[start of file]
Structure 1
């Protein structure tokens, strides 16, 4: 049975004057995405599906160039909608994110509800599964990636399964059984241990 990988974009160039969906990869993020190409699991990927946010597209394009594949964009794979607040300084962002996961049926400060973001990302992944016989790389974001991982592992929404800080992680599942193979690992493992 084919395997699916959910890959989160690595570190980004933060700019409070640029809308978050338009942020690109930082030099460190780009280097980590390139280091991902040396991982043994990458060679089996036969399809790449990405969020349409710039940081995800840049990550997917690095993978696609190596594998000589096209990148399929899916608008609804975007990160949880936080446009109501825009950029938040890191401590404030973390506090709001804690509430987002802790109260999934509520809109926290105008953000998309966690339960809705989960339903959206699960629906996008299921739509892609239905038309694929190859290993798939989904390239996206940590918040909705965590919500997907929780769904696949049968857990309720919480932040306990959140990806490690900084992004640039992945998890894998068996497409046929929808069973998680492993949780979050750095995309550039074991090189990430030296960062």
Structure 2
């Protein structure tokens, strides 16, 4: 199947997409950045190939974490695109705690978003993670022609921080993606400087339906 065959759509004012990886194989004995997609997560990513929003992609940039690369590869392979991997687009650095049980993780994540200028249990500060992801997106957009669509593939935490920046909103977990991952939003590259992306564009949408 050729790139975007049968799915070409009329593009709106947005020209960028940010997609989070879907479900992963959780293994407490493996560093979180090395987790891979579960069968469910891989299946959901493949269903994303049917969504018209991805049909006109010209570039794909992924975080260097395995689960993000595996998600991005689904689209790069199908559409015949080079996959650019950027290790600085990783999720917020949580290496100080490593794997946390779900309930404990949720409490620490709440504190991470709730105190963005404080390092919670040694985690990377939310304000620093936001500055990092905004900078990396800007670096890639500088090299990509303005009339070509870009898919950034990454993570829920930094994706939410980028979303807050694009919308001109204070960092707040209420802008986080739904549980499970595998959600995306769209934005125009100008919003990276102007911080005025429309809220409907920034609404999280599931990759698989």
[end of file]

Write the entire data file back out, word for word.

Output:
Structure 1
């Protein structure tokens, strides 16, 4: 049975004057995405599906160039909608994110509800599964990636399964059984241990 990988974009160039969906990869993020190409699991990927946010597209394009594949964009794979607040300084962002996961049926400060973001990302992944016989790389974001991982592992929404800080992680599942193979690992493992 084919395997699916959910890959989160690595570190980004933060700019409070640029809308978050338009942020690109930082030099460190780009280097980590390139280091991902040396991982043994990458060679089996036969399809790449990405969020349409710039940081995800840049990550997917690095993978696609190596594998000589096209990148399929899916608008609804975007990160949880936080446009109501825009950029938040890191401590404030973390506090709001804690509430987002802790109260999934509520809109926290105008953000998309966690339960809705989960339903959206699960629906996008299921739509892609239905038309694929190859290993798939989904390239996206940590918040909705965590919500997907929780769904696949049968857990309720919480932040306990959140990806490690900084992004640039992945998890894998068996497409046929929808069973998680492993949780979050750095995309550039074991090189990430030296960062």
Structure 2
């Protein structure tokens, strides 16, 4: 199947997409950045190939974490695109705690978003993670022609921080993606400087339906 065959759509004012990886194989004995997609997560990513929003992609940039690369590869392979991997687009650095049980993780994540200028249990500060992801997106957009669509593939935490920046909103977990991952939003590259992306564009949408 050729790139975007049968799915070409009329593009709106947005020209960028940010997609989070879907479900992963959780293994407490493996560093979180090395987790891979579960069968469910891989299946959901493949269903994303049917969504018209991805049909006109010209570039794909992924975080260097395995689960993000595996998600991005689904689209790069199908559409015949080079996959650019950027290790600085990783999720917020949580290496100080490593794997946390779900309930404990949720409490620490709440504190991470709730105190963005404080390092919670040694985690990377939310304000620093936001500055990092905004900078990396800007670096890639500088090299990509303005009339070509870009898919950034990454993570829920930094994706939410980028979303807050694009919308001109204070960092707040209420802008986080739904549980499970595998959600995306769209934005125009100008919003990276102007911080005025429309809220409907920034609404999280599931990759698989």